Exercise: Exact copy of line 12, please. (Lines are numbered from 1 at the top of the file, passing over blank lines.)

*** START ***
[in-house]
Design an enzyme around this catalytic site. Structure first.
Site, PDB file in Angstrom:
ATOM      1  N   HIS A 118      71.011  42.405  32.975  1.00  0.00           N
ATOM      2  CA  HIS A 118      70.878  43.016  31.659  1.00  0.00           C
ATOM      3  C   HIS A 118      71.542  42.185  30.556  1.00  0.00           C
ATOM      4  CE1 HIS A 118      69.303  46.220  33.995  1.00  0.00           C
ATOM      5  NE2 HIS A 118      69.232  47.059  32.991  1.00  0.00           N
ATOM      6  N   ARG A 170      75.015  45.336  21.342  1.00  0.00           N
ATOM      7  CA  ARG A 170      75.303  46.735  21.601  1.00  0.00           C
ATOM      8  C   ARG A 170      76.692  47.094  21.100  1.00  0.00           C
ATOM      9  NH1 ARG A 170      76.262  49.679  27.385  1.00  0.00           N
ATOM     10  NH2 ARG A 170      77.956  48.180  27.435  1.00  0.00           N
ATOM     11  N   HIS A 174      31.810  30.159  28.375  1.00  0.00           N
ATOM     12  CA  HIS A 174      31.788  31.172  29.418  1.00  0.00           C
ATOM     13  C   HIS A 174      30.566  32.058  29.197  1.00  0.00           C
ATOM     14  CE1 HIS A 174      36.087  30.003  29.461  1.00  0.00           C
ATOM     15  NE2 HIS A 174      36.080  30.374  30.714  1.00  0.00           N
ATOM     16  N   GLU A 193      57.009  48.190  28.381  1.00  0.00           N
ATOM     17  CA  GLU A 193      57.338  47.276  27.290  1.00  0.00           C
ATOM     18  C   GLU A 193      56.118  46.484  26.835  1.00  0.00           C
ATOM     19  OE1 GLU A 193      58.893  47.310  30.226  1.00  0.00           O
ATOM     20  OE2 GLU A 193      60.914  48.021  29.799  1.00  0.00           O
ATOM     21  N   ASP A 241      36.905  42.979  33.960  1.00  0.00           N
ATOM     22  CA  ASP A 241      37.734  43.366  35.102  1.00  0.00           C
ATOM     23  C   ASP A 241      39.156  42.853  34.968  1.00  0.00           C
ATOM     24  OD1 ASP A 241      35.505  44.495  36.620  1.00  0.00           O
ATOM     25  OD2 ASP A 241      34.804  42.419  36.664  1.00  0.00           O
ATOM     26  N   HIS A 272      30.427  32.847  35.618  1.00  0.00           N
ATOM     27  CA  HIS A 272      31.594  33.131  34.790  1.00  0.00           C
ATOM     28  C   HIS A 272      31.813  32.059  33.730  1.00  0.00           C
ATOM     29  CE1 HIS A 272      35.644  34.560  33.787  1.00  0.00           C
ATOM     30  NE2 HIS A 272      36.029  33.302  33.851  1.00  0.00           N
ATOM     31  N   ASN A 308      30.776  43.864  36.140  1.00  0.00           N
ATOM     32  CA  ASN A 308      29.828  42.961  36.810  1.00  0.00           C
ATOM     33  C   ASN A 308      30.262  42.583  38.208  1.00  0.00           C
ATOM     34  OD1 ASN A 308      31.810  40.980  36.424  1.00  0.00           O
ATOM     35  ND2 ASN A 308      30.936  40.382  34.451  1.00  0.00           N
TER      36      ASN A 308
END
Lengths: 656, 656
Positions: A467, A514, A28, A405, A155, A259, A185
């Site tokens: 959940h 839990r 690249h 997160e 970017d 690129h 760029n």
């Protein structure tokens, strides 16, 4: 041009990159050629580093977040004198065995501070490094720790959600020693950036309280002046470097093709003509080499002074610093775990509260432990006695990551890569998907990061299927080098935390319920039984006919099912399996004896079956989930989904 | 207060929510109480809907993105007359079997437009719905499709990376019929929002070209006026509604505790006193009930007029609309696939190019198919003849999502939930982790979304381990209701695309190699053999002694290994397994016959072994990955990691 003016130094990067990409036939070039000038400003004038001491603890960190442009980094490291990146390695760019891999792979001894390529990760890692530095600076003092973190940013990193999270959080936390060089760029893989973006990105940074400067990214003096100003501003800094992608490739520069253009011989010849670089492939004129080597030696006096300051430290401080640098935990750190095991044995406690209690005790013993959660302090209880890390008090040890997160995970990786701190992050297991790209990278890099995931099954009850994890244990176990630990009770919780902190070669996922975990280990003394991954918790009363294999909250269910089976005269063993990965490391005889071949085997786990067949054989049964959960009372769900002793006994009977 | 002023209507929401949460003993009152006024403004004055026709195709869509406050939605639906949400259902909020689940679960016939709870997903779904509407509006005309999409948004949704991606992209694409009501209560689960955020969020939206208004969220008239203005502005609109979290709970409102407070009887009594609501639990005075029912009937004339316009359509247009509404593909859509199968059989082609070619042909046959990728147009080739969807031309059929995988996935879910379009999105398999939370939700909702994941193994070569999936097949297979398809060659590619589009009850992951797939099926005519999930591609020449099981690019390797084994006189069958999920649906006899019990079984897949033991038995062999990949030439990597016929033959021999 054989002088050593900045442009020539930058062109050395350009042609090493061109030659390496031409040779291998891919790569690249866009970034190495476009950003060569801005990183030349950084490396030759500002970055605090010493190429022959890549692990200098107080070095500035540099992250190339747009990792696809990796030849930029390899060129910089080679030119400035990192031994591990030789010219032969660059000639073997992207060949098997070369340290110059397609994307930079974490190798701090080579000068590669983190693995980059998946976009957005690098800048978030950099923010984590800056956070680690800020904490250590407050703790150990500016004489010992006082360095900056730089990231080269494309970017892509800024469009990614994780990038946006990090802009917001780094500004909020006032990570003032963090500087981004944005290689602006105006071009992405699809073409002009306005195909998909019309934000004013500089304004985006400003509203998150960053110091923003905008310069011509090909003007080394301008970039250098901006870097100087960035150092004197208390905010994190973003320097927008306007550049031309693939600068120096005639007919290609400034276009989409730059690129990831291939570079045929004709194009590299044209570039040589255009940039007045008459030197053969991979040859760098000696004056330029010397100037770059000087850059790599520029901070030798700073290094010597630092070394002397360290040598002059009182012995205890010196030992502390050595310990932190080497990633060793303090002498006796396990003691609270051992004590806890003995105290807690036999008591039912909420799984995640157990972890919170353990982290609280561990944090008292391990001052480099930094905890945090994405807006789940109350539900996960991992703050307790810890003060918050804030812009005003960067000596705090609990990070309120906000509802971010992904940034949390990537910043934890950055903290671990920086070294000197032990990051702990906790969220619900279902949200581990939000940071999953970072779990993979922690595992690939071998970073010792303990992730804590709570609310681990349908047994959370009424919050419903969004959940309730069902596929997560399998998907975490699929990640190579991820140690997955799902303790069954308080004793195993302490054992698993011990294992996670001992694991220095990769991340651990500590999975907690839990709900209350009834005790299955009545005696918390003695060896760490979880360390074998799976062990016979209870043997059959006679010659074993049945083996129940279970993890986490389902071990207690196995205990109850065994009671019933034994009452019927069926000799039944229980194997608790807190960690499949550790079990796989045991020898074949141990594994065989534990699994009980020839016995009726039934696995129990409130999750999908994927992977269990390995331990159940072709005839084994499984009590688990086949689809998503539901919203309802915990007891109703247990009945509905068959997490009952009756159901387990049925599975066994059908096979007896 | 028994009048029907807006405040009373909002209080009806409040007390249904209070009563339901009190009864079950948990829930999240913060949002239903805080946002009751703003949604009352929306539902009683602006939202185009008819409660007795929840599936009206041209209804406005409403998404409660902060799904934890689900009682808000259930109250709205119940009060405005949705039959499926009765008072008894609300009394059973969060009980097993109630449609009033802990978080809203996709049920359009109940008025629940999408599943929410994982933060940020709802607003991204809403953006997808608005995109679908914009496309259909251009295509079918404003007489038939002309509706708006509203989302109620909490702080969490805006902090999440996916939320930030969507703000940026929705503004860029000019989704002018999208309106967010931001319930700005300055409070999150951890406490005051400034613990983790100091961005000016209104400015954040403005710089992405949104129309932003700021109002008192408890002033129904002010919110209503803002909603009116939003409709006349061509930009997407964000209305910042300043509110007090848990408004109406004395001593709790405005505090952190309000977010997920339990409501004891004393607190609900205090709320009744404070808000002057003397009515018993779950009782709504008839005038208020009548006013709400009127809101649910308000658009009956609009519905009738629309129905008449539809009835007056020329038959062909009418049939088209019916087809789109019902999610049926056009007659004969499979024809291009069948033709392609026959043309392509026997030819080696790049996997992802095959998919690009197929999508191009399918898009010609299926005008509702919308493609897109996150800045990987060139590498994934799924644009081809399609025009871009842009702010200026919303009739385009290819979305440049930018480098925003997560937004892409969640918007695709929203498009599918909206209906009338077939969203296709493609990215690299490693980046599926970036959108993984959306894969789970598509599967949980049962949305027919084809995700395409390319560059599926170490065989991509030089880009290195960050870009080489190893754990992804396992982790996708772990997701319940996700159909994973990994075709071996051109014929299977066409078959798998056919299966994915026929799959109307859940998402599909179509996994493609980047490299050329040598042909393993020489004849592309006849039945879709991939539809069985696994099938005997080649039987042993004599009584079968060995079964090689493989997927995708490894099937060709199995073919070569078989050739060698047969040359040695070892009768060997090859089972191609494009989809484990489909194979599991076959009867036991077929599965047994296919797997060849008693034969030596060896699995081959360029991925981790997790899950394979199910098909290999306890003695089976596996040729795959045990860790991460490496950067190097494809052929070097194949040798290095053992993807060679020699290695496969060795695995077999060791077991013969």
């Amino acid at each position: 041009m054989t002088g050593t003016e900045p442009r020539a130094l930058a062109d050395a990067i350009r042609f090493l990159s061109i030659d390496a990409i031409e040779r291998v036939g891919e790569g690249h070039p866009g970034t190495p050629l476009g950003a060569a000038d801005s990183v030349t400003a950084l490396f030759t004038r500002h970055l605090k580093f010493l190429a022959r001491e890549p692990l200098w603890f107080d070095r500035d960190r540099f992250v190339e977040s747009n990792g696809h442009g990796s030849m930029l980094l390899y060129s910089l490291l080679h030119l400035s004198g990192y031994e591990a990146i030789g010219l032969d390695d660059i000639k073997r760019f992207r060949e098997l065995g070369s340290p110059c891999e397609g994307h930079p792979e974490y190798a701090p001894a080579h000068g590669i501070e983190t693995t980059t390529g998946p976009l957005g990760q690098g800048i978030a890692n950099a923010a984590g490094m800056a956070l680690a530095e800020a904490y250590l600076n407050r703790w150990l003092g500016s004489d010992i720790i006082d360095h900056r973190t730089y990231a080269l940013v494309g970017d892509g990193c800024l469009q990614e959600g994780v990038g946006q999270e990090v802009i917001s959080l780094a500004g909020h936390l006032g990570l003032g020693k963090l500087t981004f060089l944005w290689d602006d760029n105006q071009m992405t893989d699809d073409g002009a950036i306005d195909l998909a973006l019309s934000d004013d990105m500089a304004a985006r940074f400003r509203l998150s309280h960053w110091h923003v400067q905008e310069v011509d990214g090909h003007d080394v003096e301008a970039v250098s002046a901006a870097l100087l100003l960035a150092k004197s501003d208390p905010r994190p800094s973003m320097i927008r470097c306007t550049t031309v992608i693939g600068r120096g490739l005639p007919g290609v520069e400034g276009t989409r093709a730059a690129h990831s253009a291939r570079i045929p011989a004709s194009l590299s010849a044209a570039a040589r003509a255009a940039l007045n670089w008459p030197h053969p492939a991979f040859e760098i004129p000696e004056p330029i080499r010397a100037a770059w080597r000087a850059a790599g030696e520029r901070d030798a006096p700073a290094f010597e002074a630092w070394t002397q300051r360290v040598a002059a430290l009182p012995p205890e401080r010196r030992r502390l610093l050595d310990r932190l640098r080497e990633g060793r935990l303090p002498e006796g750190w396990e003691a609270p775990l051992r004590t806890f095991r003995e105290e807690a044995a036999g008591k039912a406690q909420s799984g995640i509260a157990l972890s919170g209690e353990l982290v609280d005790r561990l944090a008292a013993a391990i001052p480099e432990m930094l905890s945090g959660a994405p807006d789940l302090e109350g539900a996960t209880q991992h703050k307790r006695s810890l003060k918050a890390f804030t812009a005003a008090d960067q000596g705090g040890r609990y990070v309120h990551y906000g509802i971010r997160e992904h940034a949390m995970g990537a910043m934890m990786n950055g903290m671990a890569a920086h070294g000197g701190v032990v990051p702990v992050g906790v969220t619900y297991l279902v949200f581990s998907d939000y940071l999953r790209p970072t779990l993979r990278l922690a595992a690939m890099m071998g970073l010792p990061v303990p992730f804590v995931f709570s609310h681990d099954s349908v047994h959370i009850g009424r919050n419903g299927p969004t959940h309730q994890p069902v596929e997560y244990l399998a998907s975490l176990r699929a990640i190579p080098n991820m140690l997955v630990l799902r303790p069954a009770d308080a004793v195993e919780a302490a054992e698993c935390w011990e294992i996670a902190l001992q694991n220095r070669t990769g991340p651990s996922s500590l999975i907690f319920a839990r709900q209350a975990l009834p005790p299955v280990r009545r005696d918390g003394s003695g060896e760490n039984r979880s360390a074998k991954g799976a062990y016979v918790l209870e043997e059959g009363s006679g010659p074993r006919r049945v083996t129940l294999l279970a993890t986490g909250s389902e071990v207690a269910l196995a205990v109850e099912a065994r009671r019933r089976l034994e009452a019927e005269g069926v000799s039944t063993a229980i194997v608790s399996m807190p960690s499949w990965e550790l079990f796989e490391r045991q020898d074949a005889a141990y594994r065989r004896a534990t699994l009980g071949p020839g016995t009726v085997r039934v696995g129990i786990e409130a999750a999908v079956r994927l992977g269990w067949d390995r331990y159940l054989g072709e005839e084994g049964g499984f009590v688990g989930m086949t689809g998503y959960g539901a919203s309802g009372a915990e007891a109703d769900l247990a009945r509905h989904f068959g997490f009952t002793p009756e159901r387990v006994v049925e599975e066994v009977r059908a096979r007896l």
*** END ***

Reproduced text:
ATOM      9  NH1 ARG A 170      76.262  49.679  27.385  1.00  0.00           N